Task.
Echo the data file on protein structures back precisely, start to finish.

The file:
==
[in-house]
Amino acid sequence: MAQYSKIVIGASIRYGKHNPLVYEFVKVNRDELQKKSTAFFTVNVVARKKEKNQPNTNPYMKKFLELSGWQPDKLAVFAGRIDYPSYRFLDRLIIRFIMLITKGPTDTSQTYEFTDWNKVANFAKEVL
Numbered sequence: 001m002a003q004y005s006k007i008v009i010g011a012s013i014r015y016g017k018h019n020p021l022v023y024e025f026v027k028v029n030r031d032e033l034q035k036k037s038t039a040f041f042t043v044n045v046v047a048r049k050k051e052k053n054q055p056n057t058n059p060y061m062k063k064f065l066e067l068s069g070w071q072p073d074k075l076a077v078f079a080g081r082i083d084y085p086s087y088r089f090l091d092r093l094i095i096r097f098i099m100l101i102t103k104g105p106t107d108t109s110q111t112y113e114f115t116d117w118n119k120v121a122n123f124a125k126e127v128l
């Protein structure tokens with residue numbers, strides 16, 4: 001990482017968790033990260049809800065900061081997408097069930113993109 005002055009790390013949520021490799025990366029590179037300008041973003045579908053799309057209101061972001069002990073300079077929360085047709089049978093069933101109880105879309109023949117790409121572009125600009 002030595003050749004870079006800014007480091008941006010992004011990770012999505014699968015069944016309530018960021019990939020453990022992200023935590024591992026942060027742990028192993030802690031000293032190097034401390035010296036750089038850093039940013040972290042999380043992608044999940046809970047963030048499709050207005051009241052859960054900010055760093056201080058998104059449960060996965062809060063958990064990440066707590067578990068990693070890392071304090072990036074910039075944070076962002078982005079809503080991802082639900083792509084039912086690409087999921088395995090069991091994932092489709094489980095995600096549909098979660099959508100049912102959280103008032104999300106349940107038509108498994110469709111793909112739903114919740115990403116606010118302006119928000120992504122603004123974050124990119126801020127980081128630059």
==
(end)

[in-house]
Amino acid sequence: MAQYSKIVIGASIRYGKHNPLVYEFVKVNRDELQKKSTAFFTVNVVARKKEKNQPNTNPYMKKFLELSGWQPDKLAVFAGRIDYPSYRFLDRLIIRFIMLITKGPTDTSQTYEFTDWNKVANFAKEVL
Numbered sequence: 001m002a003q004y005s006k007i008v009i010g011a012s013i014r015y016g017k018h019n020p021l022v023y024e025f026v027k028v029n030r031d032e033l034q035k036k037s038t039a040f041f042t043v044n045v046v047a048r049k050k051e052k053n054q055p056n057t058n059p060y061m062k063k064f065l066e067l068s069g070w071q072p073d074k075l076a077v078f079a080g081r082i083d084y085p086s087y088r089f090l091d092r093l094i095i096r097f098i099m100l101i102t103k104g105p106t107d108t109s110q111t112y113e114f115t116d117w118n119k120v121a122n123f124a125k126e127v128l
């Protein structure tokens with residue numbers, strides 16, 4: 001990482017968790033990260049809800065900061081997408097069930113993109 005002055009790390013949520021490799025990366029590179037300008041973003045579908053799309057209101061972001069002990073300079077929360085047709089049978093069933101109880105879309109023949117790409121572009125600009 002030595003050749004870079006800014007480091008941006010992004011990770012999505014699968015069944016309530018960021019990939020453990022992200023935590024591992026942060027742990028192993030802690031000293032190097034401390035010296036750089038850093039940013040972290042999380043992608044999940046809970047963030048499709050207005051009241052859960054900010055760093056201080058998104059449960060996965062809060063958990064990440066707590067578990068990693070890392071304090072990036074910039075944070076962002078982005079809503080991802082639900083792509084039912086690409087999921088395995090069991091994932092489709094489980095995600096549909098979660099959508100049912102959280103008032104999300106349940107038509108498994110469709111793909112739903114919740115990403116606010118302006119928000120992504122603004123974050124990119126801020127980081128630059």